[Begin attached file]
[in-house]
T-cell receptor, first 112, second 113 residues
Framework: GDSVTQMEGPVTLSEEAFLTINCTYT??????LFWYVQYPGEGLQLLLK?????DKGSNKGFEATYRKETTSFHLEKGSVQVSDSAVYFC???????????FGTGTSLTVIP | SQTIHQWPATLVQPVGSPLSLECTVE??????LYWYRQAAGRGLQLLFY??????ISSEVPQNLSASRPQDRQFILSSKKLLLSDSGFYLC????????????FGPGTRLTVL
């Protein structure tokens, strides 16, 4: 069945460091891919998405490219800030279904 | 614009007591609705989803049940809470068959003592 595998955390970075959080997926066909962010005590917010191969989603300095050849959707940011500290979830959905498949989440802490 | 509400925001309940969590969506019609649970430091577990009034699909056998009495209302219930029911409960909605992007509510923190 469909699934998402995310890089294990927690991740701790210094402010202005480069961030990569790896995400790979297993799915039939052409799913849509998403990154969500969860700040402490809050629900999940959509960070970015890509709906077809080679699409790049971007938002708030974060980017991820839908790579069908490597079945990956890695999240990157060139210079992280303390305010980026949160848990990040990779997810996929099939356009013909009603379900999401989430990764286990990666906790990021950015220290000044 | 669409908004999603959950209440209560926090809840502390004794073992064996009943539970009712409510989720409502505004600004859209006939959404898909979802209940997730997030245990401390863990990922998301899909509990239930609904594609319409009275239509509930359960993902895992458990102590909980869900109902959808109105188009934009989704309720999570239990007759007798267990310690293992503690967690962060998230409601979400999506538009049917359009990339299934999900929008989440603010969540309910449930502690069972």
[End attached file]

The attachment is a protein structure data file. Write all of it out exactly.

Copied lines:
[in-house]
T-cell receptor, first 112, second 113 residues
Framework: GDSVTQMEGPVTLSEEAFLTINCTYT??????LFWYVQYPGEGLQLLLK?????DKGSNKGFEATYRKETTSFHLEKGSVQVSDSAVYFC???????????FGTGTSLTVIP | SQTIHQWPATLVQPVGSPLSLECTVE??????LYWYRQAAGRGLQLLFY??????ISSEVPQNLSASRPQDRQFILSSKKLLLSDSGFYLC????????????FGPGTRLTVL
């Protein structure tokens, strides 16, 4: 069945460091891919998405490219800030279904 | 614009007591609705989803049940809470068959003592 595998955390970075959080997926066909962010005590917010191969989603300095050849959707940011500290979830959905498949989440802490 | 509400925001309940969590969506019609649970430091577990009034699909056998009495209302219930029911409960909605992007509510923190 469909699934998402995310890089294990927690991740701790210094402010202005480069961030990569790896995400790979297993799915039939052409799913849509998403990154969500969860700040402490809050629900999940959509960070970015890509709906077809080679699409790049971007938002708030974060980017991820839908790579069908490597079945990956890695999240990157060139210079992280303390305010980026949160848990990040990779997810996929099939356009013909009603379900999401989430990764286990990666906790990021950015220290000044 | 669409908004999603959950209440209560926090809840502390004794073992064996009943539970009712409510989720409502505004600004859209006939959404898909979802209940997730997030245990401390863990990922998301899909509990239930609904594609319409009275239509509930359960993902895992458990102590909980869900109902959808109105188009934009989704309720999570239990007759007798267990310690293992503690967690962060998230409601979400999506538009049917359009990339299934999900929008989440603010969540309910449930502690069972």